For me though, the most important and exciting essays were the Democracy Collaborative’s on building local networks to revive local and regional economies that have been hollowed out by modern economic policies. This involves a radical decentralisation of power and properly faces up to the challenge that modern economies face. If Labour’s leadership really do pick these ideas up and run with them, I’ll be impressed. There is clear scope for a coalition between socialists, greens and liberals here.

But I remain sceptical. Mr McDonnell’s big idea at the last conference was the expropriation of shares in public companies to put in employee trusts to pay dividends to workers up to a point. This has little to do with any of the ideas in this book and looks like a gimmick. But we should welcome much of the new thinking nevertheless. These ideas need to be brought out of the left’s echo chamber for the discipline of wider public debate.

Was austerity a horrible mistake? Three challenges to the left’s narrative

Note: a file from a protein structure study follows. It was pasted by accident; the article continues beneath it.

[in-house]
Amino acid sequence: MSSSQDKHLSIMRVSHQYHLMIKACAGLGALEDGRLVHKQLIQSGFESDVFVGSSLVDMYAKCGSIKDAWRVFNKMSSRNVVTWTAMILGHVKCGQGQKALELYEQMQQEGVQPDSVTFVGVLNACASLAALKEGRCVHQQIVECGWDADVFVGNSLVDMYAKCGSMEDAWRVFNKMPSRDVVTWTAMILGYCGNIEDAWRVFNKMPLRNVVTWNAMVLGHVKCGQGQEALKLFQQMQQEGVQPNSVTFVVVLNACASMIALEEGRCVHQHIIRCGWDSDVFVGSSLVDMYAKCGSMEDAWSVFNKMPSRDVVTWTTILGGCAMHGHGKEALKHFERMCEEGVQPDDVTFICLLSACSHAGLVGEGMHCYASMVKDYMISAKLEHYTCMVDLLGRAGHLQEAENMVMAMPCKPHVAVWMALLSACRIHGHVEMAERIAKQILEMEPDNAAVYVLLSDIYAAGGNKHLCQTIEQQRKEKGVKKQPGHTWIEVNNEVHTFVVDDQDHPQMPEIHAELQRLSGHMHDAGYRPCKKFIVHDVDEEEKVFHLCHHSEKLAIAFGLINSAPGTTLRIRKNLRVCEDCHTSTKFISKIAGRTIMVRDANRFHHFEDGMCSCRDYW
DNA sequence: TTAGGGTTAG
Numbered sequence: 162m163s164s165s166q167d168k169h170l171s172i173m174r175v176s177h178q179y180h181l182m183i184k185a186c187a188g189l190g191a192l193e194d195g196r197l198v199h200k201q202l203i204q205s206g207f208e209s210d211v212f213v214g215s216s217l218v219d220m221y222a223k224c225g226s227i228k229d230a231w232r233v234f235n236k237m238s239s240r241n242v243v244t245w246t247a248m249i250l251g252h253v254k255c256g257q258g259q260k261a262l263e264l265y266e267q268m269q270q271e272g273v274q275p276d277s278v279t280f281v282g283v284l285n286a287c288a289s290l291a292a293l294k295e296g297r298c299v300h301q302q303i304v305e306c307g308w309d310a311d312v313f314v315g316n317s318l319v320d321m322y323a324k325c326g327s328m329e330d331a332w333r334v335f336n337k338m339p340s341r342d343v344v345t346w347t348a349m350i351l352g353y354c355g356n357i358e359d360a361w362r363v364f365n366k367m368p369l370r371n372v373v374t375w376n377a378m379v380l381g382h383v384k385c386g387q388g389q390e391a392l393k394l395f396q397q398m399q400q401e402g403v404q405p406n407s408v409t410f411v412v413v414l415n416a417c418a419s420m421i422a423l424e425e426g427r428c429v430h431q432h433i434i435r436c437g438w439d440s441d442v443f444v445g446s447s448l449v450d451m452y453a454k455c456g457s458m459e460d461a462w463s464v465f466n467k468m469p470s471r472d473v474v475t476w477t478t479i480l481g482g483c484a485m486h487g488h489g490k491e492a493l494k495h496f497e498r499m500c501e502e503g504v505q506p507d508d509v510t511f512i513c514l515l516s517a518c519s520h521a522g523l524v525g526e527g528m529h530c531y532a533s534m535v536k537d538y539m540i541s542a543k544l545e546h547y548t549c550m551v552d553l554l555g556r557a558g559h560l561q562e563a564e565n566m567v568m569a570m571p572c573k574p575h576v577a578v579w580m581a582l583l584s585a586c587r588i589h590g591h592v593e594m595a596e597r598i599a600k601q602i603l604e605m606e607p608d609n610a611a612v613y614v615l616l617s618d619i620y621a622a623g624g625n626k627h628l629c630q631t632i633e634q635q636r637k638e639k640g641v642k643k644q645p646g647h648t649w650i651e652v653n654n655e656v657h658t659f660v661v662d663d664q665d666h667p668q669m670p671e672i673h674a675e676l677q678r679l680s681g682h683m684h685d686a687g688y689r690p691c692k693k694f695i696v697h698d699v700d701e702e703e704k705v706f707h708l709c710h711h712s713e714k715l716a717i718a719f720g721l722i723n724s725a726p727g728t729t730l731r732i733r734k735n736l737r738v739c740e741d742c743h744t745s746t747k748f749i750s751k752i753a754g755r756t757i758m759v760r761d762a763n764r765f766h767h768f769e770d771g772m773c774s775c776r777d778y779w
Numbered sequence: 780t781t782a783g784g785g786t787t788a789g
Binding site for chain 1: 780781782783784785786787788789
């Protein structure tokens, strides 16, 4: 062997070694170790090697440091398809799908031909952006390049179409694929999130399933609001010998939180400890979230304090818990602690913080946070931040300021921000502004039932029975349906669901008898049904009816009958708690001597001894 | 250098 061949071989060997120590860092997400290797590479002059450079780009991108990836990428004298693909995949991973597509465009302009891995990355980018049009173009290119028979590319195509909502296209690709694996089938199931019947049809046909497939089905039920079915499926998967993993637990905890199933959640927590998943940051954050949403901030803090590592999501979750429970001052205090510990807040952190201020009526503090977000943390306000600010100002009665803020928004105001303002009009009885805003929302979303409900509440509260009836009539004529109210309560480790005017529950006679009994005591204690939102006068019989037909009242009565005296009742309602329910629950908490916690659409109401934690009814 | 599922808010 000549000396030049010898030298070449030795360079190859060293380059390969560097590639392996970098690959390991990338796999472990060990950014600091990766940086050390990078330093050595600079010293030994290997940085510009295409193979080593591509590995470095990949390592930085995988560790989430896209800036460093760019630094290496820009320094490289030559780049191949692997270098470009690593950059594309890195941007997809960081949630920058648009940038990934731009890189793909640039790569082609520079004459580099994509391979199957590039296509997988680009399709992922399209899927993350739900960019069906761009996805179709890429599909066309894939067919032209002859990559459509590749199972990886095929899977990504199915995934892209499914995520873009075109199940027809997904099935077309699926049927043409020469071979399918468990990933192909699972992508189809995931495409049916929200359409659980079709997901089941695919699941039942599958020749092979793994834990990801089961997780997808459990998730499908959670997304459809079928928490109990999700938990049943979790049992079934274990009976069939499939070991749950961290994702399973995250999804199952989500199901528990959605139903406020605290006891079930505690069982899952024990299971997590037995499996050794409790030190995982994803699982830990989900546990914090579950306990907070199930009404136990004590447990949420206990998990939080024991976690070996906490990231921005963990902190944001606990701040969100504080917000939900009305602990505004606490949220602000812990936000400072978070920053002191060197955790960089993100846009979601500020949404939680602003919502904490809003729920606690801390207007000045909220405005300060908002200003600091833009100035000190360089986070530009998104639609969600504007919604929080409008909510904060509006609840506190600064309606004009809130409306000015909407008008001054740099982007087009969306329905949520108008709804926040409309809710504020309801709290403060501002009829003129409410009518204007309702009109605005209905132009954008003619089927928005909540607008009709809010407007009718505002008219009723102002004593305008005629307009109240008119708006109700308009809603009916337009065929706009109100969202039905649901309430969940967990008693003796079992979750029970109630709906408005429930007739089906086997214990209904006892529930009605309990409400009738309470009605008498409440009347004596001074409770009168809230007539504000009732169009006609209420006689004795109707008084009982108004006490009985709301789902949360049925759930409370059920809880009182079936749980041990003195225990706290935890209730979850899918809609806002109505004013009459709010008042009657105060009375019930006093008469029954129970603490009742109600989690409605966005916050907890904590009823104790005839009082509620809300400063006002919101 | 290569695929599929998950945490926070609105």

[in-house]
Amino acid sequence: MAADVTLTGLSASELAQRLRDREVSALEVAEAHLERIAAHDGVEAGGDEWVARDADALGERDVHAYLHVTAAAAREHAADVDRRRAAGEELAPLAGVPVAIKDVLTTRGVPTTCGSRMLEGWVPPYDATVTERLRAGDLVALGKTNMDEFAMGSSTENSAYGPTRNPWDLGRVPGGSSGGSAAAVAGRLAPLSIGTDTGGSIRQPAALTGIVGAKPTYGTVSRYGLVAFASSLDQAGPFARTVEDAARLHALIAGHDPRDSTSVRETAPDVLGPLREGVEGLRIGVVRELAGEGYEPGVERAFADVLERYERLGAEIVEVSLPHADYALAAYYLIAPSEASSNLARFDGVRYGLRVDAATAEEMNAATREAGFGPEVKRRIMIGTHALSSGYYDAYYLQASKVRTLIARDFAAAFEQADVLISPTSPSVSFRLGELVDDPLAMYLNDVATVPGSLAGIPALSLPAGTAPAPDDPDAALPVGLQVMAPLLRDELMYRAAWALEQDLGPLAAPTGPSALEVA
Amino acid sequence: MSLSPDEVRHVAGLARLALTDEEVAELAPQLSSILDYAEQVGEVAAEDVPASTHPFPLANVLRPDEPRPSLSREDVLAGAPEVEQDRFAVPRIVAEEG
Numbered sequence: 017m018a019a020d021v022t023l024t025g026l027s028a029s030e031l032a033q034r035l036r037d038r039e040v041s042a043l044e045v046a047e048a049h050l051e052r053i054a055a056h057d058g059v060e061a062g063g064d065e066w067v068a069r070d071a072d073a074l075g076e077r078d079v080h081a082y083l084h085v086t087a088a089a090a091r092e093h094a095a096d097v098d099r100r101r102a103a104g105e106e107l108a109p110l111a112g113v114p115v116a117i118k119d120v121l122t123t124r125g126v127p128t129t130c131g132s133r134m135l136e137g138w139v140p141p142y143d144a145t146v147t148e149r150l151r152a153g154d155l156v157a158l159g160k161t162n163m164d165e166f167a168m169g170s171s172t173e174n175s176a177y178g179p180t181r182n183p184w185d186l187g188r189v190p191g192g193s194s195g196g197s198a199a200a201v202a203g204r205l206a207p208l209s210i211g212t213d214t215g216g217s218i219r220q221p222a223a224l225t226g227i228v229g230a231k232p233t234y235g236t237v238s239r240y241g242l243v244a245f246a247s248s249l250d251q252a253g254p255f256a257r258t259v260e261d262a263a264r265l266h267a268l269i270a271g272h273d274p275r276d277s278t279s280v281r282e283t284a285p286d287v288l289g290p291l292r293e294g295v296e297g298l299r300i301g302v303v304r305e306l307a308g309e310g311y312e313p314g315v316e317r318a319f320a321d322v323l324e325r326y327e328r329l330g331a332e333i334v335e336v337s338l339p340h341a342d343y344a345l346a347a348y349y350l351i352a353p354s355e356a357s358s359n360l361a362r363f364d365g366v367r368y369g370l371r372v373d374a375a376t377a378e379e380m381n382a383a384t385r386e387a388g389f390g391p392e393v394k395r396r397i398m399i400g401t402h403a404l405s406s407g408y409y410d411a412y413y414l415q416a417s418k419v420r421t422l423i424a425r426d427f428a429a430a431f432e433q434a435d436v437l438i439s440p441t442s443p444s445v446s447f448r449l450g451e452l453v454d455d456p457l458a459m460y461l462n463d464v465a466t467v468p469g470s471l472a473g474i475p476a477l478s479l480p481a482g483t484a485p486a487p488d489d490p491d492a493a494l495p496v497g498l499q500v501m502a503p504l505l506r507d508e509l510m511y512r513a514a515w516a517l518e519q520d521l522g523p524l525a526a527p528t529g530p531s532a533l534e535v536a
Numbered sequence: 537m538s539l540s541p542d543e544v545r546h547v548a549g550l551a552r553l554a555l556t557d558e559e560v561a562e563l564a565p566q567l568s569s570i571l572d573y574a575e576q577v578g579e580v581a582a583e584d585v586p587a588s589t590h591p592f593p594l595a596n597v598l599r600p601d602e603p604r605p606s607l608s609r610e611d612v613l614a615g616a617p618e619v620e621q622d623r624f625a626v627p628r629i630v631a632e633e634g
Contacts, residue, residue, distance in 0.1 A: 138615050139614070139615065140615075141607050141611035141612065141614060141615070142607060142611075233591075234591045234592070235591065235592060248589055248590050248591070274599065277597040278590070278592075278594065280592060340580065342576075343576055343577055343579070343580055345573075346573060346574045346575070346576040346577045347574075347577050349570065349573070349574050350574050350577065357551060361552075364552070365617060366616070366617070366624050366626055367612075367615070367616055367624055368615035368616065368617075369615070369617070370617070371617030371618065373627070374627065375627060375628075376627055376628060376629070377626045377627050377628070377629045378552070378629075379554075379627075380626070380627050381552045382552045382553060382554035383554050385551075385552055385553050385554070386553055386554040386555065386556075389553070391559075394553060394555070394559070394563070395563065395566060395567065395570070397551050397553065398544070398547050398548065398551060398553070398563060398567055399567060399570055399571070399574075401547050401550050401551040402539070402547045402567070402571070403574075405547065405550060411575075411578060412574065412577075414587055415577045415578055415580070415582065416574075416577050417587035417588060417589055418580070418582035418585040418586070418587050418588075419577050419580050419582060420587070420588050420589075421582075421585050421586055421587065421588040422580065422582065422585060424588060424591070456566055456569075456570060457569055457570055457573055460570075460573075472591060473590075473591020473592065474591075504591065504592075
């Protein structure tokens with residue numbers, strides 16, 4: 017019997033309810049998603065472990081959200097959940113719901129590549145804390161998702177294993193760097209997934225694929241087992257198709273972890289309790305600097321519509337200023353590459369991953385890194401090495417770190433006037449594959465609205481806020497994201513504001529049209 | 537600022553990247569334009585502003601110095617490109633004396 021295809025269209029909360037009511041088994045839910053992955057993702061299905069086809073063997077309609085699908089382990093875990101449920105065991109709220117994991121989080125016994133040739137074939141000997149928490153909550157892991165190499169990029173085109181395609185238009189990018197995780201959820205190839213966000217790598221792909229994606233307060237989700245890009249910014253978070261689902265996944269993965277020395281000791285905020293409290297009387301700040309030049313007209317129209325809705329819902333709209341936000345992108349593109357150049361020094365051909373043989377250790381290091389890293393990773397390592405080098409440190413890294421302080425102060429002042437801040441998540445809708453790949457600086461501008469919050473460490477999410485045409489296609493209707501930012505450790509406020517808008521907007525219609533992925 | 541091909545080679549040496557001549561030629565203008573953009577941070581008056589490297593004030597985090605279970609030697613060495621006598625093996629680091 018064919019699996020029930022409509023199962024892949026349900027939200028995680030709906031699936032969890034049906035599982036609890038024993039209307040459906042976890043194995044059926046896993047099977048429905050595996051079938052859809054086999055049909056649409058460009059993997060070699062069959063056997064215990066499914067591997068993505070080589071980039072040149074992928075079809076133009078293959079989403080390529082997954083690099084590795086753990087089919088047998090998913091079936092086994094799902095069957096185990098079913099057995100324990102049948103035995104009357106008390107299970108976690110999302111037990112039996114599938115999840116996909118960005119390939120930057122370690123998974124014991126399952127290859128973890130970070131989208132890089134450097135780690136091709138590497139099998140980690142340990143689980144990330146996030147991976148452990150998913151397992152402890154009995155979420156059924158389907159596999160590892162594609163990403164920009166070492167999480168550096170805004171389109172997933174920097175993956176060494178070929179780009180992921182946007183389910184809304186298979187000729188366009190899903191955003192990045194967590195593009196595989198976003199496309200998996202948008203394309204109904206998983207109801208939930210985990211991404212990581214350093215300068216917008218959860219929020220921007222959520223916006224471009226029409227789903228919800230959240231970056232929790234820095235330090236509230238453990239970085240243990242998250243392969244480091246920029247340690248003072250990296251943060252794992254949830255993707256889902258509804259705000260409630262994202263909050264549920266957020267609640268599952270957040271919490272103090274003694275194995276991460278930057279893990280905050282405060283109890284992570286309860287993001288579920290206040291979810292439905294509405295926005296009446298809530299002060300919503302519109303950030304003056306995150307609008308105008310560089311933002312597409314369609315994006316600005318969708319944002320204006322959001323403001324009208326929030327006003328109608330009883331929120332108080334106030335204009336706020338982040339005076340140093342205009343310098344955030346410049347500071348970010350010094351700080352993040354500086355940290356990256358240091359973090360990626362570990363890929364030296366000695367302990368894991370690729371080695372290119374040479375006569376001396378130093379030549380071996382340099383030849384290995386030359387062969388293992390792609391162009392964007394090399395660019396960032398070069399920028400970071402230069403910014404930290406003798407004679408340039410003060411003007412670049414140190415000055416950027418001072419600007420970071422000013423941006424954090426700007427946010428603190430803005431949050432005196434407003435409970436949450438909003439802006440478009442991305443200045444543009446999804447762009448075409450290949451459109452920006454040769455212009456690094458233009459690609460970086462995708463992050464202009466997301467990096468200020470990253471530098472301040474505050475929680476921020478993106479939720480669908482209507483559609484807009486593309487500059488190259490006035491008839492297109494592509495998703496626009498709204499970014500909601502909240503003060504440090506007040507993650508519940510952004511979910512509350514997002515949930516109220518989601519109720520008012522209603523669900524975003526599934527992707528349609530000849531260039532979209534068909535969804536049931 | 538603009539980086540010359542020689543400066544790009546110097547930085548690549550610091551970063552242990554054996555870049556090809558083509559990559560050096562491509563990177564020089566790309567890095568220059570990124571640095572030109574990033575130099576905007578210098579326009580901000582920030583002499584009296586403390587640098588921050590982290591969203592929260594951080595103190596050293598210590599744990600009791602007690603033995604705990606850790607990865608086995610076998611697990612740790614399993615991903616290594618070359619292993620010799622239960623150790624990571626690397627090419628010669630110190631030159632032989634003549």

The Prime Minister Theresa May recently suggested that “austerity” was coming to an end. That word is one of the political left’s most successful abstract nouns; that Mrs May is now using it shows just how successful it is. Alongside the word comes an austerity narrative that is nowadays largely unchallenged. This is that the programme of public expenditure cuts started by the coalition government in 2010 was economically unwarranted, and therefore “ideological”, and that this foolish policy is responsible for the UK’s weak economic performance in the years since.

Conservatives are unbothered by this austerity narrative. They peddle their own rival one: that the preceding Labour regime was profligate with other people’s money and that the cuts were needed to stop public waste. They further, and tendentiously,  suggest that this profligacy is what led to the financial crash in 2007-2009. They feel no need to challenge the left’s austerity narrative; they just ignore it. For Liberal Democrats, as part of the coalition, the austerity narrative is much more painful. They neither challenge the left’s version, nor come up with one of their own. That war is over and the Lib Dems lost, but for the small number of people who care about what happened and why, should we meekly accept the left’s version of events, and acknowledge that it was a horrible mistake?